Drug companies are making things worse for the uninsured. The uninsured have to pay higher costs because they don’t have an insurance company or the state to negotiate lower prices for them. I could go on and on about the drug companies, but that’s for another post.
That said, at least you can get free medicine through drug company patient assistance programs. It really helped me stay sane when I was getting my BA, but I still had to pay the doctor. You can get free samples from your doctor too. There are a few psychiatrists in my community who don’t take insurance and have a sliding scale for payment. They’re few and far between, but it’s worth looking into. Call your local NAMI chapter or your local Mental Health America to find one.
State & federal politicians are too busy cutting taxes that fund mental health treatment and the insurance companies lobby against better treatment because it costs them more. So, if there’s less money to fund community mental providers then we need more efficiency for the funds provided for treatment, right? Community mental health providers, however, have been so underfunded that they’re stretched to the max. Peer support groups help some, but it’s no substitute for getting professional help.
There are some possibilities to get free treatment for uninsured people. Back when I was in college I was hospitalized and had a huge bill. I looked into getting the bill forgiven. I asked the billing department for an application. The woman I talked to referred me to her manager because she knew nothing about it. The manager sent me a form. I filled it out, sent it in & my bill was forgiven. So if you have a huge hospital bill and you’re indigent, appeal to the hospital billing department & speak to a manager.
Another option for free or low cost hospital or health care facilities is Hill Burton facilities. Back in 1946 congress passed a law giving funds to health facilities and in return these facilities had to offer free or low cost treatment. When you go there, go to the business office and ask for an Individual Notice. This will tell you about income requirements and where to go next. Ask for a Hill Burton form and be sure to bring pay stubs or some other kind of proof of income. If you are asked to apply for Medicaid or Medicare, do so. Ask for a Determination of Eligibility and how long it will be to be notified whether you qualify or not.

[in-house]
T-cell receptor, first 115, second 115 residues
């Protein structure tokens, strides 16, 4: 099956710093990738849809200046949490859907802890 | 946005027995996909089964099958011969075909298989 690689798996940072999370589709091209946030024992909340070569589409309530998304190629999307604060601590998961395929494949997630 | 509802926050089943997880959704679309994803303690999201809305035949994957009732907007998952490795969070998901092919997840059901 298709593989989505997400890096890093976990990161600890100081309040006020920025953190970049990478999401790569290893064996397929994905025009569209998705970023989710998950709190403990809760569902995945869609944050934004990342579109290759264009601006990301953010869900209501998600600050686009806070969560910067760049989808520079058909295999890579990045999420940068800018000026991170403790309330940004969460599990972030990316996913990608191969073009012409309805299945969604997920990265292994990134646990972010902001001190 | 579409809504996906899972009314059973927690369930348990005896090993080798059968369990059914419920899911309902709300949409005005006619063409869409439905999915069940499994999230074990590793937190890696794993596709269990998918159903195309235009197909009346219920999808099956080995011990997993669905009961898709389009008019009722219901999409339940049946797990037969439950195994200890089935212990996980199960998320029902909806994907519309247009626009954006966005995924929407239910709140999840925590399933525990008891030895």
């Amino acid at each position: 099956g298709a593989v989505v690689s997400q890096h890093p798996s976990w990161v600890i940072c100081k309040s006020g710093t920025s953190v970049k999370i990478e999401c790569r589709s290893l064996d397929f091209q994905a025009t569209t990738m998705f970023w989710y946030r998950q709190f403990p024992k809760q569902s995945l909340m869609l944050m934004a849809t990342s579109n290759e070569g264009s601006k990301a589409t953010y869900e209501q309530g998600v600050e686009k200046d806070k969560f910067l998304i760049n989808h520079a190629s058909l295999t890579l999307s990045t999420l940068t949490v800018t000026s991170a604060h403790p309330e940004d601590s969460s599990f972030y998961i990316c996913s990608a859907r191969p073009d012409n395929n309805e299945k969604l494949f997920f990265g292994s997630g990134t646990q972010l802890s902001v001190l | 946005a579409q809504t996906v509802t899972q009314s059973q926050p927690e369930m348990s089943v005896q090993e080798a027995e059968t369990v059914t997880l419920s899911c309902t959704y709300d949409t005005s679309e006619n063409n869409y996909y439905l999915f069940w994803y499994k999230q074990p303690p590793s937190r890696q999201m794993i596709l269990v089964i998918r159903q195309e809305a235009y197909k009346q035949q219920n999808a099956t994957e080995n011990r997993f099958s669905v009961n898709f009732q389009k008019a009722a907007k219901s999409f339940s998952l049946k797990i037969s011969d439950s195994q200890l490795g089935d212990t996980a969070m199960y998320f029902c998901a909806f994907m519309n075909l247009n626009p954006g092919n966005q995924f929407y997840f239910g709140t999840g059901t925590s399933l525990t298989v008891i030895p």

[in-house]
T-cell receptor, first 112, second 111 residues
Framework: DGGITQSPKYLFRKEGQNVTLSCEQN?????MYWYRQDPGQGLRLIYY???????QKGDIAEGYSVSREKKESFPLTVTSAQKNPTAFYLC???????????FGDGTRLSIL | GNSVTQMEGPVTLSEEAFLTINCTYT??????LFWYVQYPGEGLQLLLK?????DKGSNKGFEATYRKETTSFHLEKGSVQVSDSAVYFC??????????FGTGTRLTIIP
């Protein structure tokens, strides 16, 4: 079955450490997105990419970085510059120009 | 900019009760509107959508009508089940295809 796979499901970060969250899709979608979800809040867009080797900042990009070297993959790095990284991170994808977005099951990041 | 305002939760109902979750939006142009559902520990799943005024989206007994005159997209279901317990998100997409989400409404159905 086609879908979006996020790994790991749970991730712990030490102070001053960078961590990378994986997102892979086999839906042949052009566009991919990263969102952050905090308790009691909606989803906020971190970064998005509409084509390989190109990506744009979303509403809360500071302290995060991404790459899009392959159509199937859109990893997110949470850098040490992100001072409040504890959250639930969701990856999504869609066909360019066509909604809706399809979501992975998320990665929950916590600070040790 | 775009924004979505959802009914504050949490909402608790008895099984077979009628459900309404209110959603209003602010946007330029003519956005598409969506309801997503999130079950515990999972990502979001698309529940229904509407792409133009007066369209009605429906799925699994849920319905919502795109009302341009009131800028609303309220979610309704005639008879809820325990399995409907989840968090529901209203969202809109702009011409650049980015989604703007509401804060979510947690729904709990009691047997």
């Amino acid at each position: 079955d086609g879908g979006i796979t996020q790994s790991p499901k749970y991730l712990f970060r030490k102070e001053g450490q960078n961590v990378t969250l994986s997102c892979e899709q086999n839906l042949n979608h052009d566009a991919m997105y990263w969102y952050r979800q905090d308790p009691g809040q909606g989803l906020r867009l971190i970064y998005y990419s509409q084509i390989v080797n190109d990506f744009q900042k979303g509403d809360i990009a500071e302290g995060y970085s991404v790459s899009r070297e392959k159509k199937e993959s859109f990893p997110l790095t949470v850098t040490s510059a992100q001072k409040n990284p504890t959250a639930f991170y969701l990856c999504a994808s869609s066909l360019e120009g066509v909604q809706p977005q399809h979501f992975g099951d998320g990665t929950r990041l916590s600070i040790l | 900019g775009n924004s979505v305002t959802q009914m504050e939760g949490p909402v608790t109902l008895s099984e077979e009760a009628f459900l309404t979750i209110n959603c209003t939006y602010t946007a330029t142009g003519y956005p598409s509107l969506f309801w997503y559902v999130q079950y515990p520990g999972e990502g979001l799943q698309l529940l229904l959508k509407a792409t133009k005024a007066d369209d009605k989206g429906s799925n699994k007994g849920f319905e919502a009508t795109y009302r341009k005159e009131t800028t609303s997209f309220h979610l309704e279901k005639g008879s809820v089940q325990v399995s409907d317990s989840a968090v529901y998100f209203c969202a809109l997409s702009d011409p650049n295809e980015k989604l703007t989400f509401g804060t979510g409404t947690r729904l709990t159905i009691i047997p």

I wish I could offer more advice, but I can’t think of anything else right now.

Choke

In Chuck Palahniuk’s novel Choke, the main character, Victor, goes to high end restaurants and pretends to choke on his food because he wants the care and concern he didn’t get as a child from his mentally ill mother. He claims he does it because the people who save him keep in touch and send him money so he can pay for his mother’s care in a nursing home for people with dementia and/or mental illness. So he goes through his whole life taking care of his mother, who didn’t have custody of him while he grew up because of the legal problems his mother had as a result of her illness. Victor’s mother finds him throughout his childhood in foster care and covertly arranges for them to meet. She expects him to believe her ideas of reference, which in her case are delusions that every time she hears an announcement over an intercom in stores or airports they are specifically communicating to her. Victor becomes a sex addict because he didn’t learn to have normal relationships growing up because his mother insisted on keeping their interactions with each other a secret. Victor misses out on developing trusting relationships. It increases the shame he already feels about his mother. His sex addiction is a secretive activity just like meetings with his mother were when he was a child. He tries to find out more about his mother’s past in the diary she kept before he was born, but it’s written in Italian so he can’t read it. According to a National Institute of Health article children who grow up with a mentally ill parent search for an explanation for their parent’s behavior. Victor grew up anxious and confused because he couldn’t categorize or comprehend his mother’s problems. His clandestine meetings with his mother made it difficult for him to communicate with others because he had the impression that he wasn’t allowed to discuss his mother’s problems with anyone. He was afraid betraying his mother if he spoke to persons outside his family about her illness. Since he grew up with no one to talk to about his mother he was abandoned to himself.